4. Having been doing this for 30 years I have a lot of tools. Some normal like goals, breathing and visualizing. Some pretty far out such as “tapping”, where we leverage Chinese-based meridian in your body.

5. We have some training you do each day for about 20 minutes, then specific things to do while you are practicing baseball. There isn’t a mental game and a physical game — they are one. So I’d teach you to practice that way.

 

What makes you different? Who trained you or influenced you?

I’m different because:

  1. I have a relentless curiosity on how to do things better;
  2. I have a liberal arts back ground. That means I’m trained to see how different things are related. I pull things together from different worlds;
  3. I’m open minded. I look all over the place for approaches and techniques to help people. I’m a learner, not a knower.

 

What are your favorite instructional books or resources on the subject? If people had to teach themselves, what would you suggest they use?Dr. Tom Hanson - Play Big: Mental Toughness Secrets That Take Baseball Players To The Next Level

Hmmm…

 

What are the biggest mistakes and myths you see in hitting? What are the biggest wastes of time?

Hitting coaches most often operate with an inadequate model of what they are working with. They operate too often as if they are working on a machine, not a person. Sure they have some sense of the mental game, but there is sooooooooo much more going on than their operating model accounts for.

You can’t just see a “flaw” and correct it without affecting the whole “organism” — the player may be mad at you for it, may think about it too much, may now be doing something his dad told him to do the opposite, etc.

The key is that coaching happens in a relationship. It happens in an emotional context. Relationship enables or disables coaching. Mechanics are just a part of hitting; what you see in a hitter isn’t really what’s happening with that hitter.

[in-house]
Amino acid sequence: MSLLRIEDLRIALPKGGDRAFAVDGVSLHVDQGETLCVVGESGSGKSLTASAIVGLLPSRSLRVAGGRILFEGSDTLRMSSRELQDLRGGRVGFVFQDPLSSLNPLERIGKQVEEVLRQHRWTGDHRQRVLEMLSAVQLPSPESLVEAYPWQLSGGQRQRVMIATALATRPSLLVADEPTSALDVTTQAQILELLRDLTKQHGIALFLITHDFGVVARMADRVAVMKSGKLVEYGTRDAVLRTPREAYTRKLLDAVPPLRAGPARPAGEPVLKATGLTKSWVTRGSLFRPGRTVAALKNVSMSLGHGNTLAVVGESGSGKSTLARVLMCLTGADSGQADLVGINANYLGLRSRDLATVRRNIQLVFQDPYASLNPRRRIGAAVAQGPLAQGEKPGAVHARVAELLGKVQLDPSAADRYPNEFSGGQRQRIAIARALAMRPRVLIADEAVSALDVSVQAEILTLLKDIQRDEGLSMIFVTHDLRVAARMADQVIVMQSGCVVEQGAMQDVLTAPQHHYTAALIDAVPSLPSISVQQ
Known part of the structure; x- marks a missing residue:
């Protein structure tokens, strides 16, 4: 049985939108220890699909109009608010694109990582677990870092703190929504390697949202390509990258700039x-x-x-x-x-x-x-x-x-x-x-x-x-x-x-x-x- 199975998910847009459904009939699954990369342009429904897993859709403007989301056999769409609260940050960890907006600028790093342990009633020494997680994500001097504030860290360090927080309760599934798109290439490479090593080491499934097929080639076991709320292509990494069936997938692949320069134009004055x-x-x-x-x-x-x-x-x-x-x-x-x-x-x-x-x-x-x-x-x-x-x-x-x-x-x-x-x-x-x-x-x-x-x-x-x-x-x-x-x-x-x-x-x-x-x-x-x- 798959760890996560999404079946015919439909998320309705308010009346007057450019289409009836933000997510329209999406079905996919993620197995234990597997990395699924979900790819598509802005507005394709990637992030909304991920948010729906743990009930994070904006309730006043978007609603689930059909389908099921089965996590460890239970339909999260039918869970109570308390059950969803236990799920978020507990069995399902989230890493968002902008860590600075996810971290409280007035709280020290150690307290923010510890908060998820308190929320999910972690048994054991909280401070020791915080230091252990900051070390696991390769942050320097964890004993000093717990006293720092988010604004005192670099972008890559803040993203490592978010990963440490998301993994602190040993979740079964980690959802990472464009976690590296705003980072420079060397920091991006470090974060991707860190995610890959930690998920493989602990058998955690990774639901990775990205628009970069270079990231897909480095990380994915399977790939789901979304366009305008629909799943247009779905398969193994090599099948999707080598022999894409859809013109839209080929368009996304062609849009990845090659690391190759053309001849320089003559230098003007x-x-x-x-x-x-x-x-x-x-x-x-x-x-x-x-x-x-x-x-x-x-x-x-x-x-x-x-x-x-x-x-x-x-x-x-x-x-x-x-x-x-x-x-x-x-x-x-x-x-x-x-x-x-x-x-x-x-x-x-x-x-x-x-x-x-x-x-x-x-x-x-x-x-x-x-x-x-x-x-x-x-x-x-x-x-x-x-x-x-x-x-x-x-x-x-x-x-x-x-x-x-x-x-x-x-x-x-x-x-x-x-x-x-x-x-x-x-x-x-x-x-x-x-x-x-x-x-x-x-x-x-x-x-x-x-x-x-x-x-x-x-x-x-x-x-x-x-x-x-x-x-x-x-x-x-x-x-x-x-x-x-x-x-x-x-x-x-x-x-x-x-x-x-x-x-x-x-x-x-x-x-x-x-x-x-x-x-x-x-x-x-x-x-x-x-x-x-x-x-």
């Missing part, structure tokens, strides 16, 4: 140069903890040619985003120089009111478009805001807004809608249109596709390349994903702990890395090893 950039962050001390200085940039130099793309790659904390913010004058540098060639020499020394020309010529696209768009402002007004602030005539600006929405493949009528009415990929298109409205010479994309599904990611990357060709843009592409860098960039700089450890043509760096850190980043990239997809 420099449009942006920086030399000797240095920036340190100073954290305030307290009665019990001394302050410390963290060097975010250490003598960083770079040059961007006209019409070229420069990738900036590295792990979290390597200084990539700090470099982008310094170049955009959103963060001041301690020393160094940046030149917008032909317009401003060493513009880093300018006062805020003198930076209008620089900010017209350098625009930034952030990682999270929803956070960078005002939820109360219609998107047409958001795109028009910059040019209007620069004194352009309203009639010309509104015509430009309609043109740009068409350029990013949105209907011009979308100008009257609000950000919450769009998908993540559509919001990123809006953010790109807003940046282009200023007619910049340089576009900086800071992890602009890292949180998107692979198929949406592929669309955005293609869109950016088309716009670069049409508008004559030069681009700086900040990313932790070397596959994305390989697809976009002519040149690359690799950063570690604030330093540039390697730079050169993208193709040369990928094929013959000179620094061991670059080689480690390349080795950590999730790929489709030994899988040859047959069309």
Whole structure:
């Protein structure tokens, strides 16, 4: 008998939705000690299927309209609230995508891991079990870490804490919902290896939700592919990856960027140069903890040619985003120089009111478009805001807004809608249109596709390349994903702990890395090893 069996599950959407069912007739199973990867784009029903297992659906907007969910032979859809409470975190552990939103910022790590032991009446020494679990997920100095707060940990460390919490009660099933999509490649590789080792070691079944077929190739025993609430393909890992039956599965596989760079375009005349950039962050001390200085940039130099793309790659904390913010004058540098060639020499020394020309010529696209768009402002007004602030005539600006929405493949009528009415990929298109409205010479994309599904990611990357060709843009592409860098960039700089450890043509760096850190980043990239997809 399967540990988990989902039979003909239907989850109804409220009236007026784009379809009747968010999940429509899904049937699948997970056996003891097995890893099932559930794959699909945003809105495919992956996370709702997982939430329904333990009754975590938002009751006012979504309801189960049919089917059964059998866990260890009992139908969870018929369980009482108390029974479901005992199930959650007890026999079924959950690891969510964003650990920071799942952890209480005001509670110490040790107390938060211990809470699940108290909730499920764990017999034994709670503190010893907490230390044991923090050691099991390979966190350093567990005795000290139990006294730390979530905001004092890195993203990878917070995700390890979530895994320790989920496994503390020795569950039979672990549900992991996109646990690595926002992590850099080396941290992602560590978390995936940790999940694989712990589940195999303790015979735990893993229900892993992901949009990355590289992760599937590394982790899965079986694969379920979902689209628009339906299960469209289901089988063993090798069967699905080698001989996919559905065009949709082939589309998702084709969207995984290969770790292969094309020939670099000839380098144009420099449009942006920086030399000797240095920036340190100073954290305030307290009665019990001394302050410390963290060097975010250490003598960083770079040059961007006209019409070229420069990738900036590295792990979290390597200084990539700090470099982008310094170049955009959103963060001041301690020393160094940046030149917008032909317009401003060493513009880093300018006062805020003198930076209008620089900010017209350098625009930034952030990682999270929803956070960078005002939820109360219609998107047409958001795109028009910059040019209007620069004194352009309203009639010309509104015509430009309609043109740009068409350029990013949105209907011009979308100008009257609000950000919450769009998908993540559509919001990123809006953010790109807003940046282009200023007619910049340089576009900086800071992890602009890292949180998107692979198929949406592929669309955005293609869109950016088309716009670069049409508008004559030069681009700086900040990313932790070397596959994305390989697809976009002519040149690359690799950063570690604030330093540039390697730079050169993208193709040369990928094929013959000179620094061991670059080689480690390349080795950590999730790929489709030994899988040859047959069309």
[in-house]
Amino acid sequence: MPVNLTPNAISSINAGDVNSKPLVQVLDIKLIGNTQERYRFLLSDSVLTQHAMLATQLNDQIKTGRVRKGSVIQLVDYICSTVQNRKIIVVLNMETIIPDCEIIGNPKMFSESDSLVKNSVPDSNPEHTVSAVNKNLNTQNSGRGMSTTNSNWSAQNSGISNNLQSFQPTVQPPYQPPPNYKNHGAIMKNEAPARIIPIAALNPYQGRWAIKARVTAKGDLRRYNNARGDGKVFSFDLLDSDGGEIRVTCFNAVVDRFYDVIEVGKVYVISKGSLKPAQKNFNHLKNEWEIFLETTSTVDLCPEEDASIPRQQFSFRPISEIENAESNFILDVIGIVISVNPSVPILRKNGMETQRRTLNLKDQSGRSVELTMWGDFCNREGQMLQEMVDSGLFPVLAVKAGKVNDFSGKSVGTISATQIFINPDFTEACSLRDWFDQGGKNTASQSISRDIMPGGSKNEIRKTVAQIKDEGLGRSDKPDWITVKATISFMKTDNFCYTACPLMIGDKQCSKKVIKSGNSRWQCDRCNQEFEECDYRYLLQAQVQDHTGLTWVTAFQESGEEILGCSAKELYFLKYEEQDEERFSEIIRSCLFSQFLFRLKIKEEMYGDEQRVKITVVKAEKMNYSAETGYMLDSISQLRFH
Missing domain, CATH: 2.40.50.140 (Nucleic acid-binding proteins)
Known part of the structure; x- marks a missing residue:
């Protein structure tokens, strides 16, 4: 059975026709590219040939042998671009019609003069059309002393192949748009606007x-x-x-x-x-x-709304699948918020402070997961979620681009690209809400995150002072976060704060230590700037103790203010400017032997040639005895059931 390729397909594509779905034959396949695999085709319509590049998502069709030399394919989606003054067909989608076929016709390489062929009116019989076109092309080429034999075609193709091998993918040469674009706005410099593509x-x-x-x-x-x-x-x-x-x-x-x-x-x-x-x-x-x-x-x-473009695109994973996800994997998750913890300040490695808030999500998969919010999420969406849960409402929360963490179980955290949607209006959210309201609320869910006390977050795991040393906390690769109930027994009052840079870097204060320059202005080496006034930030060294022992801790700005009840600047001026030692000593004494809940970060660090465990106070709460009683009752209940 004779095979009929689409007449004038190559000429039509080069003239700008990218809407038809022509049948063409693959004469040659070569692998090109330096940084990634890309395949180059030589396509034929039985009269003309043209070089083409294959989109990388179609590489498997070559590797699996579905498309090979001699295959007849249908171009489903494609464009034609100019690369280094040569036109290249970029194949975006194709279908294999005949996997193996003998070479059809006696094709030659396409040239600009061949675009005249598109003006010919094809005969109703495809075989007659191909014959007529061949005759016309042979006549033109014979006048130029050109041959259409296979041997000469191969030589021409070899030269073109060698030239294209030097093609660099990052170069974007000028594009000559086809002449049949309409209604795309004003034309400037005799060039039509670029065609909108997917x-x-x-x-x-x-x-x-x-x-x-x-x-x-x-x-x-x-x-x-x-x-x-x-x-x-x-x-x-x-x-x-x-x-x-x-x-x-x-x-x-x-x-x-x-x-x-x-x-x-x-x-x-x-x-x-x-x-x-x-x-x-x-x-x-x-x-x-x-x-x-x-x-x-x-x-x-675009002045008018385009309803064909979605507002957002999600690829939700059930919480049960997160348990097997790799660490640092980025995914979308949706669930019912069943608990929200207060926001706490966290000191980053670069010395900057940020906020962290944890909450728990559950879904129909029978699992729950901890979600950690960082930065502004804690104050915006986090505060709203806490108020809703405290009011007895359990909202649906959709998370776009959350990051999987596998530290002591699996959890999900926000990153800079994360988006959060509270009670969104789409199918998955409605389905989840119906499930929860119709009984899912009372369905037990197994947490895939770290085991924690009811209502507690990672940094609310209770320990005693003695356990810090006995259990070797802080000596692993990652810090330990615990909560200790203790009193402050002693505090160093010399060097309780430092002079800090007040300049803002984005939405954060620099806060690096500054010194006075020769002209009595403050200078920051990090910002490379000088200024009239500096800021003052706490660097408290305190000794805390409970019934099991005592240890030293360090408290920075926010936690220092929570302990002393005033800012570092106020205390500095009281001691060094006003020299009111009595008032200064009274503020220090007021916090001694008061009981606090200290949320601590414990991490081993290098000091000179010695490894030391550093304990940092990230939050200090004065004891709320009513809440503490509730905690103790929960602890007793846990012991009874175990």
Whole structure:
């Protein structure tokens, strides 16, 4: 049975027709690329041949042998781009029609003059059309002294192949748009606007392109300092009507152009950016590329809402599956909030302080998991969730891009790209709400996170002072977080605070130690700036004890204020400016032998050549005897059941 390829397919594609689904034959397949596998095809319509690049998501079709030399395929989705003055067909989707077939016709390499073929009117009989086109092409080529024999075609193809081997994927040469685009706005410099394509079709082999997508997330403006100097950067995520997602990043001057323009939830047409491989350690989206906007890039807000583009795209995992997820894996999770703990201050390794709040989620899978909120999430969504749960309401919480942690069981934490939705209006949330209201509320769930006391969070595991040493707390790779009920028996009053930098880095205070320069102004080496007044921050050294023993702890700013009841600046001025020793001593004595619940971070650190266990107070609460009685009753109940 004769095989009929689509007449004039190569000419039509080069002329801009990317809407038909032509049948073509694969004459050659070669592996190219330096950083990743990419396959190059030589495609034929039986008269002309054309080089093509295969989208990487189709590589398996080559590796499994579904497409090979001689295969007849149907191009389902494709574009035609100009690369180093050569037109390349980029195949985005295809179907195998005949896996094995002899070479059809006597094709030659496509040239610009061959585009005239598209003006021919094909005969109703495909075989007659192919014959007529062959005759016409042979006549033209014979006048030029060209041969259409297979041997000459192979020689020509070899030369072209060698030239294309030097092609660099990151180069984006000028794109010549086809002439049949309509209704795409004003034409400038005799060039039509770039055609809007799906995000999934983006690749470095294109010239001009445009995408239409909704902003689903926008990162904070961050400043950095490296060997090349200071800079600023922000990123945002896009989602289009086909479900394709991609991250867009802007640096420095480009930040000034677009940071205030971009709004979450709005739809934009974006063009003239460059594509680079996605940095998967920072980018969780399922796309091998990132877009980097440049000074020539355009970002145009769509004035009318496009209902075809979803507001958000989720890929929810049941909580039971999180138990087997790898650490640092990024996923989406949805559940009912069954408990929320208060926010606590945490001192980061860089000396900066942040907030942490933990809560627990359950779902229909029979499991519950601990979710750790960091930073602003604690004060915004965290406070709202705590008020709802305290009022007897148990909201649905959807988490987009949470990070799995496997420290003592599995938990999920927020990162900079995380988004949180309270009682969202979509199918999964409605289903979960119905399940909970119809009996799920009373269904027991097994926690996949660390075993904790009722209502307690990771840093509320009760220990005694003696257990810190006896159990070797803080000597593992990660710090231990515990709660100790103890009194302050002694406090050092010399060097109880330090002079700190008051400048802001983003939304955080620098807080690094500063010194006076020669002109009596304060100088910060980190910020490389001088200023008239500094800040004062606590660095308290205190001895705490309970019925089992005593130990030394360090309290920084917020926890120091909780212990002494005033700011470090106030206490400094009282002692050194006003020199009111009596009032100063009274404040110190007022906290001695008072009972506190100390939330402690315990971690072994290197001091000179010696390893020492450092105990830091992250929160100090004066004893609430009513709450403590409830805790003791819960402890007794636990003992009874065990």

You may think you know what he’s doing but you may not. I’ve finally found a coach I’ll let work with my son because I saw how he:

  • Coached for my son’s benefit, not his own
  • Talked and built a relationship and some understanding before he did anything else
  • He watched him hit for a while before he asked my son a few more questions. He was coaching my son the human, not the boy hitting machine.

 

Who is good at hitting despite being poorly built for it? Who’s good at this who shouldn’t be?

No one. The “built for it” means they’ve got great hand-eye athleticism. You can’t hit without that. Body type is a smaller part of it, so there can be wide variance.

 

Who are the most controversial or unorthodox hitters? Why? What do you think of them?

I don’t know.

A really good hitter is able to take in info from hitting coaches (or other sources) and integrate it with who they are. The hitter is responsible for his own swing.

I expose my 13U son to many approaches, well, some, and he knows he has to work out for himself how he hits best. I don’t want him swinging and then looking at me, or another coach, to see how it was. HE needs to know.

A hitter must soon get to where coaches are resources for him, not authority figures dictating his swing. As parents we need to find places where that is.

 

Who are the most impressive lesser-known teachers?

I’d say me.  I’m sitting on a lot of good info but not putting myself out there. I coach a lot of executives and love to watch my own kids play.

I will shout out Ken Ravizza. He’s awesome. He and I will be launching Heads-Up Baseball 2.0 in the next month or so. Get on the early notice list here:

http://headsupbaseball2.com/

 

Have you trained others to do this? Have they replicated your results?

No. That’s coming pretty soon.

The best way to expand your model of what you’re working with (a human, not a machine), might be to take my assessment. It gives you feedback on elements of “human” you didn’t think about before, and certainly didn’t think you could measure.

Read a lot, be a learner.

Thank you Dr. Tom Hanson for sharing such great insight and knowledge!

Remember guys, knowledge IS NOT power…it’s POTENTIAL power.  Please put Dr. Hanson’s work to use.

Here’s how you can stay updated with Dr. Hanson:

Please direct any questions or comments to Dr. Tom Hanson below…